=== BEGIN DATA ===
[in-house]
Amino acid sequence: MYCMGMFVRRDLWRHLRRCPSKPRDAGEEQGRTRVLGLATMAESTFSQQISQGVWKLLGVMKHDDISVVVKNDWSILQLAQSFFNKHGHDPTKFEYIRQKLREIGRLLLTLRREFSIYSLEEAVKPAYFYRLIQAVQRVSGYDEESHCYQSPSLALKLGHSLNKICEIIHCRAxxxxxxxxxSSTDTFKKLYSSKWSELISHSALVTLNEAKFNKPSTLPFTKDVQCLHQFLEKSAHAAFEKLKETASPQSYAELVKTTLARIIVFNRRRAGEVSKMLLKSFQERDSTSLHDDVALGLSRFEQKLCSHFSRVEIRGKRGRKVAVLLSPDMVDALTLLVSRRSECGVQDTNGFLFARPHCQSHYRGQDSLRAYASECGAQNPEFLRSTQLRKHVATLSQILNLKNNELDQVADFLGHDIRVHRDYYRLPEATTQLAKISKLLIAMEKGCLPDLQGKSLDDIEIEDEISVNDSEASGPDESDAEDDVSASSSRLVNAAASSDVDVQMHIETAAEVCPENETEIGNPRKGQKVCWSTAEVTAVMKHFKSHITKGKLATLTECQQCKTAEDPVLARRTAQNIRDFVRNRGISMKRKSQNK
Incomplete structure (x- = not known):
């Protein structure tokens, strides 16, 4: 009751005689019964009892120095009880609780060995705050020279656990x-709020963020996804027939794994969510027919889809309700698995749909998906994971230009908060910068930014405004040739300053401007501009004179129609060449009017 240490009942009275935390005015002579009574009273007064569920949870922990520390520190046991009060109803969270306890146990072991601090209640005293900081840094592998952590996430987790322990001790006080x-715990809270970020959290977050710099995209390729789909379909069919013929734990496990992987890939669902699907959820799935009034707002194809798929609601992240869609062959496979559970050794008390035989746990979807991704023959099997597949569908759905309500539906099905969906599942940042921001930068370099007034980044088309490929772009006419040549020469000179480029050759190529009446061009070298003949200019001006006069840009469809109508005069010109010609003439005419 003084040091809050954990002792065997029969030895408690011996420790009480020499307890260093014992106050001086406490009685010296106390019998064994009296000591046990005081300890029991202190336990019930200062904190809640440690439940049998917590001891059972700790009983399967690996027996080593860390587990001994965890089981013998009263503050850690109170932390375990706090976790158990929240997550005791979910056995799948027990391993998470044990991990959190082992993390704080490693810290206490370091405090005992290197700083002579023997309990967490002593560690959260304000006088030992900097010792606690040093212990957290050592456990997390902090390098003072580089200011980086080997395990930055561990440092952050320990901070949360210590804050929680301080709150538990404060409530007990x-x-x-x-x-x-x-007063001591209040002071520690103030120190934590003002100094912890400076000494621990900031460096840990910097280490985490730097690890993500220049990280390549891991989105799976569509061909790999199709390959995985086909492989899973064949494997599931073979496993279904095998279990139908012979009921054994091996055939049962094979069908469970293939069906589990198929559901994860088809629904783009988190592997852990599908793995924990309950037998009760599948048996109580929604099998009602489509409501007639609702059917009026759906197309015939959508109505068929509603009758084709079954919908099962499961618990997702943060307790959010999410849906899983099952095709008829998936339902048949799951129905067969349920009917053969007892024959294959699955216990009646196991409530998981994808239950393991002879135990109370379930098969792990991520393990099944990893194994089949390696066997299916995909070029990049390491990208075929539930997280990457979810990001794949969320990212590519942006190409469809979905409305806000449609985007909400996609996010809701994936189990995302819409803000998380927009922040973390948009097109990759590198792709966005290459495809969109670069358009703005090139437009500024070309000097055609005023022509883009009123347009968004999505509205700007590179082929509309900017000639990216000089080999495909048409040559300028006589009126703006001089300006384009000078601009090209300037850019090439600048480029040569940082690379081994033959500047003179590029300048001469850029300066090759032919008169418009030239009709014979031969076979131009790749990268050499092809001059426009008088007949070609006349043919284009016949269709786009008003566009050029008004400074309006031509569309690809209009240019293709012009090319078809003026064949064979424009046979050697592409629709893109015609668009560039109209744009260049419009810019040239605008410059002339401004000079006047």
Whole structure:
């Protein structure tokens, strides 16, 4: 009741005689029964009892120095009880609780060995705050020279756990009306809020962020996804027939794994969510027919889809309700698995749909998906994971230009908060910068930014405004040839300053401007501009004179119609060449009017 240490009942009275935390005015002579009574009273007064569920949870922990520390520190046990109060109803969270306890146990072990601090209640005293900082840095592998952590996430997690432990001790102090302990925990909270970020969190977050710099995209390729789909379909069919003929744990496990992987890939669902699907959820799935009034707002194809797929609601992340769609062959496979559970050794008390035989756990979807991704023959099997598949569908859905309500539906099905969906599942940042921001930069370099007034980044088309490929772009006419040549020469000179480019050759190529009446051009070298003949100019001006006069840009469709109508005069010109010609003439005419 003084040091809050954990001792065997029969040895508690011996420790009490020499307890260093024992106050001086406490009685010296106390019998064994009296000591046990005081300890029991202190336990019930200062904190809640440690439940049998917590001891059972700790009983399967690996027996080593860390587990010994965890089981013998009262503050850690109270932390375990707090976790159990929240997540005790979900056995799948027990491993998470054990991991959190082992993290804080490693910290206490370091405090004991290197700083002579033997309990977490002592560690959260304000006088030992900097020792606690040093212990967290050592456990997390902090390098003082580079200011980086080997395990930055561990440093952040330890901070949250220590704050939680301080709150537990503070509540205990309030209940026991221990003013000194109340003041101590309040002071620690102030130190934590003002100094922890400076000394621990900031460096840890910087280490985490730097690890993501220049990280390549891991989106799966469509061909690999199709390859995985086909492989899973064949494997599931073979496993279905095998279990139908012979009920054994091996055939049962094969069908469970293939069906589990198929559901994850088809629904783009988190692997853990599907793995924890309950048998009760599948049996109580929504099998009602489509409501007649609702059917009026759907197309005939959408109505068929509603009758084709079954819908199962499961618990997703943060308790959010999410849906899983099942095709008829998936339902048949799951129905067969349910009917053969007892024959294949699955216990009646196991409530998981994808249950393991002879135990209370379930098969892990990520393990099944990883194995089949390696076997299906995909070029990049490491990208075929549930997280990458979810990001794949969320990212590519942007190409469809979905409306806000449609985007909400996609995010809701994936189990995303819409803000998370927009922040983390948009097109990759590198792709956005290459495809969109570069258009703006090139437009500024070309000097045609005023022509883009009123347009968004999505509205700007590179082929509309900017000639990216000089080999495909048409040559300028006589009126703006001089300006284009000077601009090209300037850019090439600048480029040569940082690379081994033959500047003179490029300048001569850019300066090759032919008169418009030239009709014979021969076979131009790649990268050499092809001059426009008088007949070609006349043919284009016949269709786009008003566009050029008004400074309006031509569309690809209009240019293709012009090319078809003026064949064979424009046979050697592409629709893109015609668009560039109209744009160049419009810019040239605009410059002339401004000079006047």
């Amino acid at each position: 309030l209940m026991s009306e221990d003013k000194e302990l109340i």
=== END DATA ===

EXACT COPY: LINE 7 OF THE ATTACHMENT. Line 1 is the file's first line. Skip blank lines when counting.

């Amino acid at each position: 309030l209940m026991s009306e221990d003013k000194e302990l109340i």